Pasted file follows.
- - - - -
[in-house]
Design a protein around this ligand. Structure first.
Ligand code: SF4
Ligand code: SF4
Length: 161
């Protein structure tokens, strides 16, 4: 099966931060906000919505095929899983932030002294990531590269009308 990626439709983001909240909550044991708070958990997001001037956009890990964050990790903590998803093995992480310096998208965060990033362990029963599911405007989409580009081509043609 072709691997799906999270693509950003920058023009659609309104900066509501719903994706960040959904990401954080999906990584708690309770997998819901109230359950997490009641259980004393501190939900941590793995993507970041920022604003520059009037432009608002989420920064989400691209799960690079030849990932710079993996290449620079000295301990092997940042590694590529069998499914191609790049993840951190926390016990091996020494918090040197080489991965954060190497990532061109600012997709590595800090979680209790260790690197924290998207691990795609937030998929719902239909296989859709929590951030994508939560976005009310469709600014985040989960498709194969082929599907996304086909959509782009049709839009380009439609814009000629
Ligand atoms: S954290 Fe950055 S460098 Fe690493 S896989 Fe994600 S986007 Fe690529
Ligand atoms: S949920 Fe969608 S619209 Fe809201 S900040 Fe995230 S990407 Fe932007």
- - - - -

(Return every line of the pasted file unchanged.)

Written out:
[in-house]
Design a protein around this ligand. Structure first.
Ligand code: SF4
Ligand code: SF4
Length: 161
């Protein structure tokens, strides 16, 4: 099966931060906000919505095929899983932030002294990531590269009308 990626439709983001909240909550044991708070958990997001001037956009890990964050990790903590998803093995992480310096998208965060990033362990029963599911405007989409580009081509043609 072709691997799906999270693509950003920058023009659609309104900066509501719903994706960040959904990401954080999906990584708690309770997998819901109230359950997490009641259980004393501190939900941590793995993507970041920022604003520059009037432009608002989420920064989400691209799960690079030849990932710079993996290449620079000295301990092997940042590694590529069998499914191609790049993840951190926390016990091996020494918090040197080489991965954060190497990532061109600012997709590595800090979680209790260790690197924290998207691990795609937030998929719902239909296989859709929590951030994508939560976005009310469709600014985040989960498709194969082929599907996304086909959509782009049709839009380009439609814009000629
Ligand atoms: S954290 Fe950055 S460098 Fe690493 S896989 Fe994600 S986007 Fe690529
Ligand atoms: S949920 Fe969608 S619209 Fe809201 S900040 Fe995230 S990407 Fe932007």